Re: [OAUTH-WG] Followup on draft-ietf-oauth-token-exchange-12.txt

Eric Rescorla <ekr@rtfm.com> Fri, 01 June 2018 21:48 UTC

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From: Eric Rescorla <ekr@rtfm.com>
Date: Fri, 1 Jun 2018 14:47:21 -0700
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To: Brian Campbell <bcampbell@pingidentity.com>
Cc: Bill Burke <bburke@redhat.com>, Mike Jones <Michael.Jones@microsoft.com>, oauth <oauth@ietf.org>
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Subject: Re: [OAUTH-WG] Followup on draft-ietf-oauth-token-exchange-12.txt
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That would go a long way, I think. Do you think that C's permissions matter
at all? So, say that the resource is accessible to C but not A?

-Ekr




On Fri, Jun 1, 2018 at 11:47 AM, Brian Campbell <bcampbell@pingidentity.com>
wrote:

> Hi Eric,
>
> Apologies for my somewhat slow response. I've honestly been unsure of how
> else to try and address the comment/question. But will continue trying...
>
> My expectation would be that access control decisions would be made based
> on the subject of the token itself or on the current actor. And maybe a
> combination of both in some situations (like, for example, the actor is an
> administrator and the token allows admin level access to the stuff the
> token subject would normally have access to).  However, I don't believe
> that nested prior actors would or should be considered in access control
> decisions. The nesting is more just to express what has happened for
> auditing or tracking or the like. To be honest, the nesting was added in
> the draft largely because the structure naturally and easily allowed for it
> and it seemed like it might be useful information to convey in some cases.
>
> So in that A->B->C case (the claims of such a token would, I think, look
> like the JSON below), B *is not* giving C his authority. B is just noted
> in the token as having been involved previously.  While A is identified as
> the subject of the token and C is the current actor.
>
>     {
>       "aud":"... ,"iss":... , "exp":..., etc. etc. ...
>       "sub":"A",
>       "act":
>       {
>         "sub":"C",
>         "act":
>         {
>           "sub":"B"
>         }
>       }
>     }
>
>
> Would some text explicitly saying that only the token subject (top level
> sub and claims) and the party identified by the outermost "act" claim (the
> current actor) are to be considered in access control decisions address
> your concern?
>
>
> On Tue, May 29, 2018 at 4:19 PM, Eric Rescorla <ekr@rtfm.com> wrote:
>
>> Hi Brian,
>>
>> To be clear, I'm not opposing Delegation. My concern here is that we have
>> a chain of signed assertions and I'm trying to understand how I as a
>> consumer of those assertions am supposed to evaluate it.
>>
>> I don't think it's sufficient to just say that that the access control
>> rules are local policy, because then the entity generating the signature
>> has no way of knowing how its signature will be used.
>>
>> To go back to the case I gave in my initial e-mail, say we have a chain
>> A->B->C and a resource that A and C could ordinarily not access, but B can.
>> If C has this delegation, can C access the resource? I.e., is B giving C
>> his authority or just passing on A's authority? It seems pretty important
>> for B to know that before he gives the token to C.
>>
>> -Ekr
>>
>>
>> On Thu, May 17, 2018 at 11:06 AM, Brian Campbell <
>> bcampbell@pingidentity.com> wrote:
>>
>>> Delegation has been in the document since its inception and throughout
>>> the three and a half years as a working group document.
>>>
>>> From a process point of view, the document is now in AD Evaluation. I
>>> worked through a number of questions and clarifications with Eric (said
>>> AD), however he raised the particular questions that started this thread on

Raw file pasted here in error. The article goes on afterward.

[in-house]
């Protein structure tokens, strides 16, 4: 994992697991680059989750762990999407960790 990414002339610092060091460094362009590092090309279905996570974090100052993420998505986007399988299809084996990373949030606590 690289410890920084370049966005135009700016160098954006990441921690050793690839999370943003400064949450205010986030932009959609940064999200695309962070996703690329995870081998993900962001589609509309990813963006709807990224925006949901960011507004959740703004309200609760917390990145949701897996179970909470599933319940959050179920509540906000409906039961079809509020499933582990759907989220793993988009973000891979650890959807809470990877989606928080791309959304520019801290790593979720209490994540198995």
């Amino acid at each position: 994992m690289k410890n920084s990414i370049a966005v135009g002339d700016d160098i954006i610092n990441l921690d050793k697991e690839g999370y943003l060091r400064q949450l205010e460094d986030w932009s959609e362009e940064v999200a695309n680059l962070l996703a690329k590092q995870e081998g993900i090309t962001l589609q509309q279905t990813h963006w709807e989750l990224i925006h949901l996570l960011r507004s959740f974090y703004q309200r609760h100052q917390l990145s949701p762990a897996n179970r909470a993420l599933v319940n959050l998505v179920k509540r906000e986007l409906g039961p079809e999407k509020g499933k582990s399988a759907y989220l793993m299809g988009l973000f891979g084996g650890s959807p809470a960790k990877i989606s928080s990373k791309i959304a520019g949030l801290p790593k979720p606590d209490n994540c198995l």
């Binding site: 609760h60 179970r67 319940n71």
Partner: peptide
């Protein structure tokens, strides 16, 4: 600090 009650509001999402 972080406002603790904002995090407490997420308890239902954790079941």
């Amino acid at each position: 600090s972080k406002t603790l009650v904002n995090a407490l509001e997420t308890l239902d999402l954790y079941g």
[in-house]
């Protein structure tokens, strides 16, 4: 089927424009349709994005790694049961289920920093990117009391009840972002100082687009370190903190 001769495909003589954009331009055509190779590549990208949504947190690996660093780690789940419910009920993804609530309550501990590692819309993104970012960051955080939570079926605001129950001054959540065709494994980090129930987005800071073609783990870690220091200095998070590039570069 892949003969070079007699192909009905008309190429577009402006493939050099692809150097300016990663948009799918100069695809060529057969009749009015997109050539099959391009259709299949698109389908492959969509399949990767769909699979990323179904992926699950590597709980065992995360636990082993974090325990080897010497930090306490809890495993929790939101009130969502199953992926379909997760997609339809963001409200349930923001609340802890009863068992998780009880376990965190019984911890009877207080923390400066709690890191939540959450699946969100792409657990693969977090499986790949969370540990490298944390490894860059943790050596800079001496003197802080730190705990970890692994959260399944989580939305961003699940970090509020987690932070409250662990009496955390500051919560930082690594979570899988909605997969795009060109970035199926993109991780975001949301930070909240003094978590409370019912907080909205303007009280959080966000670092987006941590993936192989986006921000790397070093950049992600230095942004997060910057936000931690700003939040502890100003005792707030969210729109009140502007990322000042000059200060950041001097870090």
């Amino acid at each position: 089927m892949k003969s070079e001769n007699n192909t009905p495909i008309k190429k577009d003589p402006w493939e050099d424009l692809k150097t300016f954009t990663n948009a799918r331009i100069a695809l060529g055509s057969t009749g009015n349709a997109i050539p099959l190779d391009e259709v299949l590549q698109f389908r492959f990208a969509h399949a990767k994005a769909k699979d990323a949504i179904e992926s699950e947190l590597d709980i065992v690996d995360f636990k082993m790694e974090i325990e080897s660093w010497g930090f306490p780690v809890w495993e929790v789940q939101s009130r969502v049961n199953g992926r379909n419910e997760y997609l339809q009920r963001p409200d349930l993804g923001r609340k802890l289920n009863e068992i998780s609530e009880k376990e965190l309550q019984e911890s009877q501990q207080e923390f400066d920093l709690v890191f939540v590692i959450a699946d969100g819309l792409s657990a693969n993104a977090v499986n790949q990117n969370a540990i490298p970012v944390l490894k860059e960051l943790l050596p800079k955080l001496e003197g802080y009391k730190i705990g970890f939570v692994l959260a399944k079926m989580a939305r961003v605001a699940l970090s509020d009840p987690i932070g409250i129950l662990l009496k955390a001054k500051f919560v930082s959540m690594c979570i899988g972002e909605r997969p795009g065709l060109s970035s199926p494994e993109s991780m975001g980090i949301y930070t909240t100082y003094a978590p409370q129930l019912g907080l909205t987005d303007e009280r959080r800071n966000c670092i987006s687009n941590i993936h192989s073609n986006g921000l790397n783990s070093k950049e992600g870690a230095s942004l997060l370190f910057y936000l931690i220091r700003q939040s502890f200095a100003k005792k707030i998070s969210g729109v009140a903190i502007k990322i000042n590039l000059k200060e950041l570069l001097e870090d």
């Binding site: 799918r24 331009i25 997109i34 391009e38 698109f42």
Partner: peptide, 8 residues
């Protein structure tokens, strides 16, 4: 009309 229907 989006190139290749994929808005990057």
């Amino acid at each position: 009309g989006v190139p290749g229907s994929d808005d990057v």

>>> the WG list. And I responded with an attempt at addressing those questions.
>>> That was about a month ago.
>>>
>>> Eric, was my explanation helpful in clarify anything for you? Is there
>>> some text that you'd like to see added? Something else? I'm unsure how to
>>> proceed but would like to move things forward.
>>>
>>>
>>> On Thu, May 17, 2018 at 8:03 AM, Bill Burke <bburke@redhat.com> wrote:
>>>
>>>> This is an honest question: How important is the actor stuff to the
>>>> players involved?  Are people going to use it?  IMO, its an edge case
>>>> and I think more important areas, like external token exchange (realm
>>>> to realm, domain to domain) are being neglected.  I'm quite unfamiliar
>>>> how consensus is reached in this WG or the IETF, so I hope I'm not
>>>> sounding rude.  Just trying to provide some constructive feedback.
>>>>
>>>>
>>>>
>>>> On Thu, May 17, 2018 at 9:26 AM, Mike Jones <
>>>> Michael.Jones@microsoft.com> wrote:
>>>> > Moving the actor claim to a separate specification would only make
>>>> things more complicated for developers.  There already plenty of OAuth
>>>> specs.  Needlessly adding another one will only make related things harder
>>>> to find.
>>>> >
>>>> > Just like in the JWT [RFC 7519] spec itself in which use of all the
>>>> claims is optional, use of the actor claim in this spec.  If you don't need
>>>> it, don't use it.  Just because some won't use it is no better an argument
>>>> for moving it to a different spec than the argument that JWT should have
>>>> defined each of its claims in different specs.  That would have made things
>>>> harder, not easier.
>>>> >
>>>> >                                 -- Mike
>>>> >
>>>> > -----Original Message-----
>>>> > From: OAuth <oauth-bounces@ietf.org> On Behalf Of Bill Burke
>>>> > Sent: Thursday, May 17, 2018 2:11 PM
>>>> > To: Brian Campbell <bcampbell@pingidentity.com>
>>>> > Cc: oauth <oauth@ietf.org>
>>>> > Subject: Re: [OAUTH-WG] Followup on draft-ietf-oauth-token-exchang
>>>> e-12.txt
>>>> >
>>>> > My personal opinion is that I'm glad this actor stuff is optional.
>>>> > For one, none of our users have asked for it and really only do
>>>> simple exchanges.  Secondly, the rules for who can exchange what for what
>>>> is controlled and defined within our AS.  Makes things a lot simpler on the
>>>> client.  I kind of wish the actor stuff would be defined in a separate
>>>> specification.  I don't see us implementing it unless users start asking us
>>>> to.
>>>> >
>>>> > On Wed, May 16, 2018 at 6:11 PM, Brian Campbell <
>>>> bcampbell@pingidentity.com> wrote:
>>>> >> Well, it's already called the "actor claim" so the claimed part is
>>>> >> kind of implied. And "claimed actor claim" is a rather awkward.
>>>> >> Really, all JWT claims are "claimed something" but they don't include